6. Transfer the patient to medical personnel and describe his condition.

Further, first aid is already provided by health workers. In severe form of cardiogenic shock, transportation of a person is impossible. They are taking all measures to get him out of a critical state – they are stabilizing the heart rate and blood pressure. When the patient’s condition returns to normal, he is transported by special resuscitation machine to the intensive care unit.

Health workers can do the following:

  • introduce narcotic analgesics, which are Morphine, Promedol, Fentanyl, Droperidol;
  • intravenously administer 1% Mesatone solution and at the same time subcutaneously or intramuscularly Cordiamine, 10% caffeine solution or 5% ephedrine solution (preparations may need to be administered every 2 hours);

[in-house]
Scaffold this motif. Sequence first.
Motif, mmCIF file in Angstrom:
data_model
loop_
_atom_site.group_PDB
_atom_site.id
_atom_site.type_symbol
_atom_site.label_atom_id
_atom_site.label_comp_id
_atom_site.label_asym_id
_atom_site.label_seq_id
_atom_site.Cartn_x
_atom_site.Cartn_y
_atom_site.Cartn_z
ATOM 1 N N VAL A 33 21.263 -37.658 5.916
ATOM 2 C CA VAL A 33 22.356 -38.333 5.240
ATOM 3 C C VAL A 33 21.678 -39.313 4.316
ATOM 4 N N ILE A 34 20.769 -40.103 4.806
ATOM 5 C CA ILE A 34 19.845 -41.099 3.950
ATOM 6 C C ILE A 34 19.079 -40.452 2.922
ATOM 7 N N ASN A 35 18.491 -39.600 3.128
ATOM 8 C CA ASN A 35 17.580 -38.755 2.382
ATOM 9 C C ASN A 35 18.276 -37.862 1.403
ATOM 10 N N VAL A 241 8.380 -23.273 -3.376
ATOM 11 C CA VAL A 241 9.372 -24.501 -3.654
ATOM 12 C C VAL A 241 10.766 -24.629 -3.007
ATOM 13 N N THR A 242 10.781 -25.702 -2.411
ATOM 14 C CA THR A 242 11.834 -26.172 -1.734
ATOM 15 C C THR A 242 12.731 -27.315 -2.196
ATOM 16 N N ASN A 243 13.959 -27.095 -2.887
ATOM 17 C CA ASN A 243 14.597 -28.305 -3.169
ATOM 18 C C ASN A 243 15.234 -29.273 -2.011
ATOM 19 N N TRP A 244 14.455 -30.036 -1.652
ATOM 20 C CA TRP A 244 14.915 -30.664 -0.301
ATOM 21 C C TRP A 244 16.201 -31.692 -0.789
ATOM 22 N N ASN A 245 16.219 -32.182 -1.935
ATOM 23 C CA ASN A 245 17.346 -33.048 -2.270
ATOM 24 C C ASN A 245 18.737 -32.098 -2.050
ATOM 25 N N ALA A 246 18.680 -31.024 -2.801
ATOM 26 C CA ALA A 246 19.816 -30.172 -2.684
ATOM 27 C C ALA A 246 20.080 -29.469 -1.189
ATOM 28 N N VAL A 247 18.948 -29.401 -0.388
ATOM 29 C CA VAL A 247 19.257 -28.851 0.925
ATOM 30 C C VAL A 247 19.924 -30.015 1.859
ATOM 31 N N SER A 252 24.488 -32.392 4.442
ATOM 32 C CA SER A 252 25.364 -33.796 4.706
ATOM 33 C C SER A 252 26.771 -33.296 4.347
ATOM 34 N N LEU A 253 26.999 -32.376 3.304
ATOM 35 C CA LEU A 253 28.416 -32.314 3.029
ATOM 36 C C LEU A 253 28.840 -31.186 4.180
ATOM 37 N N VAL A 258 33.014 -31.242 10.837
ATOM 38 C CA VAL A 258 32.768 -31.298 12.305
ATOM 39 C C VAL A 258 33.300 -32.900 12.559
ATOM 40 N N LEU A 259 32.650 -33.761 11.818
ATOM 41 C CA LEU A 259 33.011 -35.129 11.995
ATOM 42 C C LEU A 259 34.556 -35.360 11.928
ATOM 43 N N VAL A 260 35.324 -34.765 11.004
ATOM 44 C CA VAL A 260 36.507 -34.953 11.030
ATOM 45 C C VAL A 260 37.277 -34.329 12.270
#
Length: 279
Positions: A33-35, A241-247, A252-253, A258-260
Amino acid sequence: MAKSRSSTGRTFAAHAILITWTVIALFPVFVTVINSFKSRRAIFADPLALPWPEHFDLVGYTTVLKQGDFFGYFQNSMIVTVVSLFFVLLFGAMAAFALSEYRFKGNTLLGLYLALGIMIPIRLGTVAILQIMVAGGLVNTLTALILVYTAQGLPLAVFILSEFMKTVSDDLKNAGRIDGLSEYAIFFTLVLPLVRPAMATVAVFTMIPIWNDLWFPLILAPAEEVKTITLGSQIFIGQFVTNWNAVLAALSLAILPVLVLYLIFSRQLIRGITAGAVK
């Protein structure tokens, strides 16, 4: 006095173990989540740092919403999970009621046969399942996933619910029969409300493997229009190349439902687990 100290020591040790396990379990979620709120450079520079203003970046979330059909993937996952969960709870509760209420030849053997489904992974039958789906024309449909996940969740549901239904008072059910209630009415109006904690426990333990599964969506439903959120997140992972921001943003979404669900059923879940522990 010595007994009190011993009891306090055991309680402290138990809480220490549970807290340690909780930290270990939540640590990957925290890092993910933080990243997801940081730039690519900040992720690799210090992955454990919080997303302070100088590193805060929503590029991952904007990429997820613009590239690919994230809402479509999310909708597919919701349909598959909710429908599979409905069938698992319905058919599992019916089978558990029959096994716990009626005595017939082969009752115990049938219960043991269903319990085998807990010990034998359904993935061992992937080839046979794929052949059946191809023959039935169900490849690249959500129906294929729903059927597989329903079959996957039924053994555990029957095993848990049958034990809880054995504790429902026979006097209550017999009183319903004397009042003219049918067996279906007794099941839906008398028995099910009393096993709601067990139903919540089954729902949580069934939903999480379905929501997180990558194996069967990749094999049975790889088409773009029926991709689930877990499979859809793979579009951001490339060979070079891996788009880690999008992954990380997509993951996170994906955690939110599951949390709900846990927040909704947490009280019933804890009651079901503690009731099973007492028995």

• prescribe a drip intravenous infusion of a 0,2% solution of norepinephrine;
  • prescribe nitrous oxide to relieve a pain attack;
  • carry out oxygen therapy;
  • enter atropine or ephedrine in case of bradycardia or heart block;
  • inject intravenously 1% lidocaine solution in case of ventricular extrasystole;
  • conduct electrical stimulation in case of heart block, and if ventricular paroxysmal tachycardia or gastric fibrillation is diagnosed, electrical defibrillation of the heart;
  • connect the patient to a ventilator (if breathing has stopped or marked shortness of breath is noted – from 40 per minute);
  • perform surgery if the shock is caused by a wound and tamponade, while it is possible to use painkillers and cardiac glycosides (the operation is performed 4-8 hours after the onset of a heart attack, restores patency of the coronary arteries, the myocardium is preserved and the vicious cycle of shock development is interrupted).